The one-size-fits-all fallacy

Governance, roles, and processes that worked brilliantly in one generation can be a disaster in the next. Even with good intentions, the senior generation can set the younger generation up for failure by maintaining rigid leadership roles without allowing the younger group to consider approaching leadership differently. Each generation brings different interests and skills to leadership—and the business itself may need different leadership skills. It’s a mistake to assume that what worked for one generation will be right for the next generation, too.

Ruling from the grave

Owners can set the rules by which the next generation will work and own the business together, often through formal vehicles like wills or trusts or through handed-down cultural expectations. The goal is often to protect what you have created and to help the next generation avoid mistakes. However, these formal approaches often backfire. Ruling from the grave removes the autonomy of the next generation to chart its course and to respond to changing circumstances. Trusts are very difficult to undo, and even cultural expectations are hard to shift.

The chosen one

Many families have a cultural tradition that even when ownership is shared, the eldest male is put in charge of the family business. Sometimes, this person is given a greater ownership stake in the company (or all of it), and sometimes the power comes from being tapped on the shoulder by the previous generation. This tradition can help avoid battles over succession, since everyone knows their role at a young age. But more often than not, we have found that designating a successor at birth causes more problems than benefits. Even if it’s not spoken aloud, everyone will recognize that the chosen successor may not be the best candidate for the job—that this person simply has the luck of being born first. This approach also places great pressure on the “chosen one.” Meanwhile, the rest of the family often feels disengaged and resentful.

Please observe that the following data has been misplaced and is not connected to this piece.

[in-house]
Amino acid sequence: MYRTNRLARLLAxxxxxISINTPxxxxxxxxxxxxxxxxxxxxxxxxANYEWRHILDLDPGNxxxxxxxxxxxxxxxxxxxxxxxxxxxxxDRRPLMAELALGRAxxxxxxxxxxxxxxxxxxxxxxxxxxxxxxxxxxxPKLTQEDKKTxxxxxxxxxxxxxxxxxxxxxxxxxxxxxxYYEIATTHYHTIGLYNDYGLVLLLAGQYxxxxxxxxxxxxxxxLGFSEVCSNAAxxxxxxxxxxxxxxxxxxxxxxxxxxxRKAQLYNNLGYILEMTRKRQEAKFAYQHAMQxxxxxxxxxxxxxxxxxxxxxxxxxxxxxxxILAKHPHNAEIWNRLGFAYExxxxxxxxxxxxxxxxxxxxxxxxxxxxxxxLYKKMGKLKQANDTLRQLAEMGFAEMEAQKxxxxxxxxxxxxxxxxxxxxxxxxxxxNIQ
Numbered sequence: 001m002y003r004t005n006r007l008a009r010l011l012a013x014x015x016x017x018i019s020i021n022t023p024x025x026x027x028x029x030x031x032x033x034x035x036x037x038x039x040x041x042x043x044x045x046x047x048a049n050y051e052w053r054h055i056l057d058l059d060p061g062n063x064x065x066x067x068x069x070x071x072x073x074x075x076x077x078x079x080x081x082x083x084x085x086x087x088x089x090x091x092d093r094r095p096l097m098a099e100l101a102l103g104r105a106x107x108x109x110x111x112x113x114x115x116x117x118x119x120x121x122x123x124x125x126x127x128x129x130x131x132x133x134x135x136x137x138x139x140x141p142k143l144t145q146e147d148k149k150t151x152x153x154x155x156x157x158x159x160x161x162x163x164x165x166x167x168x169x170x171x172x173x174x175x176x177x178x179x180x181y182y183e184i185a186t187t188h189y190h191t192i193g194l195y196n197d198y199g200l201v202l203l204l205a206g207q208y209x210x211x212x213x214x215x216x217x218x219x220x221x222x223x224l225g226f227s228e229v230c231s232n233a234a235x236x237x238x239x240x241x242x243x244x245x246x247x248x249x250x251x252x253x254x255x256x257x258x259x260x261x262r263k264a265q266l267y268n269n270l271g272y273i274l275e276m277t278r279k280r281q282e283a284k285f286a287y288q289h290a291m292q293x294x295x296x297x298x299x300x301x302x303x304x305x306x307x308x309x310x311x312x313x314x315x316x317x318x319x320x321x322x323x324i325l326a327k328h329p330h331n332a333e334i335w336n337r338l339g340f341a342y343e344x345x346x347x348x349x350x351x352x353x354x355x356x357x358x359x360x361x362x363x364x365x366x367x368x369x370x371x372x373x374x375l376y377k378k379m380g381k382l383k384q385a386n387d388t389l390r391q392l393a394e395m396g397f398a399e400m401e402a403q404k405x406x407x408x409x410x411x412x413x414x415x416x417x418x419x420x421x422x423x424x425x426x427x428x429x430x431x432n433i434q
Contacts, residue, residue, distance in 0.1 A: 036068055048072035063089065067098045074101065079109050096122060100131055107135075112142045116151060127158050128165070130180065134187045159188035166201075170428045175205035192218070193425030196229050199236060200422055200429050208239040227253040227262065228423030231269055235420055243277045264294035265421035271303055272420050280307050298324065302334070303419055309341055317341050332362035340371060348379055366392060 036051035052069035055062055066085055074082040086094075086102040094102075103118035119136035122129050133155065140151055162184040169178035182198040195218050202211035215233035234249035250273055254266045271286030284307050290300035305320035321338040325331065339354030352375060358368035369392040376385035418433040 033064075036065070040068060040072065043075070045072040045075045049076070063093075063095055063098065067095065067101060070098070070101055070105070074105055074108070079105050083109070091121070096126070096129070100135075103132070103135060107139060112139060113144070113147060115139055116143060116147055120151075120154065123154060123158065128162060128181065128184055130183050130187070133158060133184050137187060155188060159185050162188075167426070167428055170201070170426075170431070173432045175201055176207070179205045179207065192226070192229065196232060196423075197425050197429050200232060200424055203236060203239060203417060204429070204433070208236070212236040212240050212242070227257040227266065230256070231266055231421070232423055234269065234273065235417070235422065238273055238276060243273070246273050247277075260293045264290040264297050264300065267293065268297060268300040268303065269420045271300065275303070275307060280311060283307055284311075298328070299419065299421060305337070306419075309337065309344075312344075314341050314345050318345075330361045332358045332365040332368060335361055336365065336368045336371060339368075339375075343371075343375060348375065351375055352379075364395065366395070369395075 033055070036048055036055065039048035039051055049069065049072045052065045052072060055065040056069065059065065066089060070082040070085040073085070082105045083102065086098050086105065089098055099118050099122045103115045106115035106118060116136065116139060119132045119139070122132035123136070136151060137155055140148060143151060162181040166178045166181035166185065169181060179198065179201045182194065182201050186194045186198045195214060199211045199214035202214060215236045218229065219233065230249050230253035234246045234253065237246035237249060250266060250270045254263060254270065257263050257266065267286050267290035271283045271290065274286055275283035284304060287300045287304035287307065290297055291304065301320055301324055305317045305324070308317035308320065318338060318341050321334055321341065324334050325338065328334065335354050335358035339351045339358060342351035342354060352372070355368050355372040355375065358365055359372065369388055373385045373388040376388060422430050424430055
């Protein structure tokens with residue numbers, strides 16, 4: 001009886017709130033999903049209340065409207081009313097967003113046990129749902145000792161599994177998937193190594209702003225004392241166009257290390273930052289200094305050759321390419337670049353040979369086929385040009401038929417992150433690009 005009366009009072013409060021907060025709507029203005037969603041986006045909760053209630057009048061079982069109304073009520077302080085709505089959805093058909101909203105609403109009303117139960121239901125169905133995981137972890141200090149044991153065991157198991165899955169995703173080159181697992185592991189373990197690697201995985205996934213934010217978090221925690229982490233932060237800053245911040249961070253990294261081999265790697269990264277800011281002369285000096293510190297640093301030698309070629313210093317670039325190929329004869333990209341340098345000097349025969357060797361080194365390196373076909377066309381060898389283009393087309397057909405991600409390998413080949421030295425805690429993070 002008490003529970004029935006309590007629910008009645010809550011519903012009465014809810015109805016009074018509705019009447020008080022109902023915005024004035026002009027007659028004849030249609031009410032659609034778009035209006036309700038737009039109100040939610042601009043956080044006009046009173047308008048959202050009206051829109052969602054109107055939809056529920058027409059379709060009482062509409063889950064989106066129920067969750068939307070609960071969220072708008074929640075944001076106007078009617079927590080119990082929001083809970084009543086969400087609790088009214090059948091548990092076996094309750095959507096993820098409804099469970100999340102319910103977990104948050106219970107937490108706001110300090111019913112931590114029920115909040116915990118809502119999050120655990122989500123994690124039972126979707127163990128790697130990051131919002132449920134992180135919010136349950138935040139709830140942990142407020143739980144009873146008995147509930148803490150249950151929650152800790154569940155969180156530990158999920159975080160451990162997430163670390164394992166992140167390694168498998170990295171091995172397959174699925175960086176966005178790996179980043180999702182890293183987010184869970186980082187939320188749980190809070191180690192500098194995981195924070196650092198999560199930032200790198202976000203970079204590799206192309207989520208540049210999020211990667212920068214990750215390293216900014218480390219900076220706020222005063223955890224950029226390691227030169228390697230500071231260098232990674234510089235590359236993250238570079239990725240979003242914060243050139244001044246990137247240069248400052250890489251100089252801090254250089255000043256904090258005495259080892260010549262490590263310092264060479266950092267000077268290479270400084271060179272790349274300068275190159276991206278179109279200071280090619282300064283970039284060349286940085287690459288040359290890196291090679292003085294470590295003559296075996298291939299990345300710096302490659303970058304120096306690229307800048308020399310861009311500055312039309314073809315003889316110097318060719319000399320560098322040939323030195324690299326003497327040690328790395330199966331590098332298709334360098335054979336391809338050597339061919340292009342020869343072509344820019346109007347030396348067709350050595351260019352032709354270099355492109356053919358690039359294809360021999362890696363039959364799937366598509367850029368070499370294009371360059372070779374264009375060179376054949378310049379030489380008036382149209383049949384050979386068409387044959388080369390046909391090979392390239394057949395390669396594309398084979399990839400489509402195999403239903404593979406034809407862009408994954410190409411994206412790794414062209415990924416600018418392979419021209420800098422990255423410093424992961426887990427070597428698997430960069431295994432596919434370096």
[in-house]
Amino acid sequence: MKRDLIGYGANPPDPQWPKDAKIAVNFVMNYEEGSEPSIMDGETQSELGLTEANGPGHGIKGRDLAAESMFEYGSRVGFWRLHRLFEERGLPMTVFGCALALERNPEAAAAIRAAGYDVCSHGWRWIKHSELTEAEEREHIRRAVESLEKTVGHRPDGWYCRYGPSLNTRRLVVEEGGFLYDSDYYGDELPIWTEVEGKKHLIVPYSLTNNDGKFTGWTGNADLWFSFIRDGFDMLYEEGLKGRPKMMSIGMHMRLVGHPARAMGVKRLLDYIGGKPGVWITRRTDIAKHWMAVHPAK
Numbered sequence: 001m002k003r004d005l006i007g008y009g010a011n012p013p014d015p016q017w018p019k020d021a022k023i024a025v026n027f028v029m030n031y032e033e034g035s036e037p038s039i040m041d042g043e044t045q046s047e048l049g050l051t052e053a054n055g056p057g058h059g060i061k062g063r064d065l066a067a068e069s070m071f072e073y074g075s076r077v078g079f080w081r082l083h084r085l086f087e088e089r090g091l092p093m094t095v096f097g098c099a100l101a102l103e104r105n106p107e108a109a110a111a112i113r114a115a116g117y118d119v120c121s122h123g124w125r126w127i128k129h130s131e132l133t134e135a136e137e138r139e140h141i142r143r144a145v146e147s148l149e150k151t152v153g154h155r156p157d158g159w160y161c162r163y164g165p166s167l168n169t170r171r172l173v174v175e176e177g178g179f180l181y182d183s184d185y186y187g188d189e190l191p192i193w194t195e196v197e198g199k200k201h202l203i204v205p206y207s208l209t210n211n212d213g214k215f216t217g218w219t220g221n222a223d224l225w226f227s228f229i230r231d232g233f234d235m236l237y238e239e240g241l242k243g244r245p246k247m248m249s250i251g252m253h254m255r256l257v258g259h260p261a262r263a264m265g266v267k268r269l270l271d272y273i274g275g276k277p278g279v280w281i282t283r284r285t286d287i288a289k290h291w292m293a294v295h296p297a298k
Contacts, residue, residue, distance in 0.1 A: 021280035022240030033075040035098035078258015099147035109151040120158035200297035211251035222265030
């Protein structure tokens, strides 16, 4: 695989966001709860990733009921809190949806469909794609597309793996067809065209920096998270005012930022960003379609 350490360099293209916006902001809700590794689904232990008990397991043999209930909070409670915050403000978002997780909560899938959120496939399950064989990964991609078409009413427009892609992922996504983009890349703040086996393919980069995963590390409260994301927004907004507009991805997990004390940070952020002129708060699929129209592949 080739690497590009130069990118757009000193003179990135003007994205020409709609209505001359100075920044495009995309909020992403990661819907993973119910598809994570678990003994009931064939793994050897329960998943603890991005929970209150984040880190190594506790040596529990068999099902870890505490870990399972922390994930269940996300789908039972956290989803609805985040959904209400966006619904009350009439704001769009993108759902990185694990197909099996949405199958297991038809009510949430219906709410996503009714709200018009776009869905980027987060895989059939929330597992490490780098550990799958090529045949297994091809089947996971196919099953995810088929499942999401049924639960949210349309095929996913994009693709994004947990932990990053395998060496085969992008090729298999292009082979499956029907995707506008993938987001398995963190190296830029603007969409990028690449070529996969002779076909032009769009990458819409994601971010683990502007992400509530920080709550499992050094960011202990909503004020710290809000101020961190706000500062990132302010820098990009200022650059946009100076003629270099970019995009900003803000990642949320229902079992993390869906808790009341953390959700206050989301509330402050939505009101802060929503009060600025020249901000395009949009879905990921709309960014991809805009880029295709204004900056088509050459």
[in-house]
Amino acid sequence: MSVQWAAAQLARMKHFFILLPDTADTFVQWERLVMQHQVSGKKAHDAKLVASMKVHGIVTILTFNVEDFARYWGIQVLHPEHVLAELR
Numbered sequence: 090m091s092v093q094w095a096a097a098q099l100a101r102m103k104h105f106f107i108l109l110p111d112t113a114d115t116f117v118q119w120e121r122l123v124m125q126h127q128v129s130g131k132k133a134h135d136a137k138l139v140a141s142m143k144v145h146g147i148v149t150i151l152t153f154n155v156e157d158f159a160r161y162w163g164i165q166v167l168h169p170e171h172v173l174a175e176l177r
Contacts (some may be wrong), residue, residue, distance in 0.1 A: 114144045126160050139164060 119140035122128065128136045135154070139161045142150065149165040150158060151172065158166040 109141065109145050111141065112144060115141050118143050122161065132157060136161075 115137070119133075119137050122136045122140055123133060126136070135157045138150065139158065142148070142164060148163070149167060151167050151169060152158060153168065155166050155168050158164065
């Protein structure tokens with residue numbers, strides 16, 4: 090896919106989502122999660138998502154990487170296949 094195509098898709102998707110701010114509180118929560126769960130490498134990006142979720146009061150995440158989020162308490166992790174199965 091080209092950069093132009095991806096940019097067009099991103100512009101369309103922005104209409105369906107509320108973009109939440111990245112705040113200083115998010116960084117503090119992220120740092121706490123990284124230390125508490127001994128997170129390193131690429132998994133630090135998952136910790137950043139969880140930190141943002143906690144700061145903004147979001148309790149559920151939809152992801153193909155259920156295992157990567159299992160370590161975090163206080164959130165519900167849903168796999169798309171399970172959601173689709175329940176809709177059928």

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All for none, none for all

When the current owners disagree on priorities, the individuals often want to compete with each other rather than collaborate. One way this competition happens is succession by attrition. For example, a “last one standing” provision in a shareholder agreement states that if, say, a company has three shareholders and one dies, then the two remaining shareholders must buy the shares from the surviving spouse at a discounted price. If a second shareholder dies, then, again the remaining shareholder is the buyer. The last person standing now probably owns all of the business, but because the business is likely to be heavily indebted, the last person will probably need to sell, too.

Maintaining family ownership over the years is a complicated endeavor. It requires making decisions that will reverberate for years to come and that are based on imperfect information about the future (e.g., which of the next generation will be the most qualified to lead the business?). These decisions are steeped in meaning, connecting to issues of fairness (do I treat my children equally?) and identity (what do I do after I have exited from my life’s work?).